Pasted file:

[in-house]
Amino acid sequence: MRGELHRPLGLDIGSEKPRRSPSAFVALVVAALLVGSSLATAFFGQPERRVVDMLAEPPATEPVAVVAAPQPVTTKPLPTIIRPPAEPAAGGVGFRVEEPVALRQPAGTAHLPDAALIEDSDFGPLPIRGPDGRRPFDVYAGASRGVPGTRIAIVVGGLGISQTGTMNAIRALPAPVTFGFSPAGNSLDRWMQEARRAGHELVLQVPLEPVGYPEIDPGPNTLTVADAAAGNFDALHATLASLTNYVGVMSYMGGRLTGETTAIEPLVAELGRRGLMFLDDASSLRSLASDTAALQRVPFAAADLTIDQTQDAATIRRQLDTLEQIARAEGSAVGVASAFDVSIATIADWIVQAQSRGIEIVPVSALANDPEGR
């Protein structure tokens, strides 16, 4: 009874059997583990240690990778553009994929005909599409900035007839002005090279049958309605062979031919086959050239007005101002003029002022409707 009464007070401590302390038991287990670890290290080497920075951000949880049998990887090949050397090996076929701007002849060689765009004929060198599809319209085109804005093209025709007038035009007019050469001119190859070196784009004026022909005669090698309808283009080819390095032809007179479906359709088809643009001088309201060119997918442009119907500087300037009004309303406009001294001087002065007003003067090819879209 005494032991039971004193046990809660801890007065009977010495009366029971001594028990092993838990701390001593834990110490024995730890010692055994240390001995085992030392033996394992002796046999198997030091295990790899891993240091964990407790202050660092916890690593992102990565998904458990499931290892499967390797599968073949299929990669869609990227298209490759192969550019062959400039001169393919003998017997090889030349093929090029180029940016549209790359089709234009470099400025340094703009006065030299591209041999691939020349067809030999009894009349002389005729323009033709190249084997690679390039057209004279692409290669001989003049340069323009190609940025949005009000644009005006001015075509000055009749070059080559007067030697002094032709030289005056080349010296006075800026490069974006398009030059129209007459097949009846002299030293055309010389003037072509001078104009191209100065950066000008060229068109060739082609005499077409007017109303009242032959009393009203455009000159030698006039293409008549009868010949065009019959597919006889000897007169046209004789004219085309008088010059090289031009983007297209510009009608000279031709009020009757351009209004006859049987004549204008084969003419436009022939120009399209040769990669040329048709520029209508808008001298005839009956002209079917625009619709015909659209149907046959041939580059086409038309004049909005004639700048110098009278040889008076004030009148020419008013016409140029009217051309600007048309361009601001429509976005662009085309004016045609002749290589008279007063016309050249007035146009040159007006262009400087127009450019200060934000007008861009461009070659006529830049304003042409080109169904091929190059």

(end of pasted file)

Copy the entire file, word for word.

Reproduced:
[in-house]
Amino acid sequence: MRGELHRPLGLDIGSEKPRRSPSAFVALVVAALLVGSSLATAFFGQPERRVVDMLAEPPATEPVAVVAAPQPVTTKPLPTIIRPPAEPAAGGVGFRVEEPVALRQPAGTAHLPDAALIEDSDFGPLPIRGPDGRRPFDVYAGASRGVPGTRIAIVVGGLGISQTGTMNAIRALPAPVTFGFSPAGNSLDRWMQEARRAGHELVLQVPLEPVGYPEIDPGPNTLTVADAAAGNFDALHATLASLTNYVGVMSYMGGRLTGETTAIEPLVAELGRRGLMFLDDASSLRSLASDTAALQRVPFAAADLTIDQTQDAATIRRQLDTLEQIARAEGSAVGVASAFDVSIATIADWIVQAQSRGIEIVPVSALANDPEGR
């Protein structure tokens, strides 16, 4: 009874059997583990240690990778553009994929005909599409900035007839002005090279049958309605062979031919086959050239007005101002003029002022409707 009464007070401590302390038991287990670890290290080497920075951000949880049998990887090949050397090996076929701007002849060689765009004929060198599809319209085109804005093209025709007038035009007019050469001119190859070196784009004026022909005669090698309808283009080819390095032809007179479906359709088809643009001088309201060119997918442009119907500087300037009004309303406009001294001087002065007003003067090819879209 005494032991039971004193046990809660801890007065009977010495009366029971001594028990092993838990701390001593834990110490024995730890010692055994240390001995085992030392033996394992002796046999198997030091295990790899891993240091964990407790202050660092916890690593992102990565998904458990499931290892499967390797599968073949299929990669869609990227298209490759192969550019062959400039001169393919003998017997090889030349093929090029180029940016549209790359089709234009470099400025340094703009006065030299591209041999691939020349067809030999009894009349002389005729323009033709190249084997690679390039057209004279692409290669001989003049340069323009190609940025949005009000644009005006001015075509000055009749070059080559007067030697002094032709030289005056080349010296006075800026490069974006398009030059129209007459097949009846002299030293055309010389003037072509001078104009191209100065950066000008060229068109060739082609005499077409007017109303009242032959009393009203455009000159030698006039293409008549009868010949065009019959597919006889000897007169046209004789004219085309008088010059090289031009983007297209510009009608000279031709009020009757351009209004006859049987004549204008084969003419436009022939120009399209040769990669040329048709520029209508808008001298005839009956002209079917625009619709015909659209149907046959041939580059086409038309004049909005004639700048110098009278040889008076004030009148020419008013016409140029009217051309600007048309361009601001429509976005662009085309004016045609002749290589008279007063016309050249007035146009040159007006262009400087127009450019200060934000007008861009461009070659006529830049304003042409080109169904091929190059």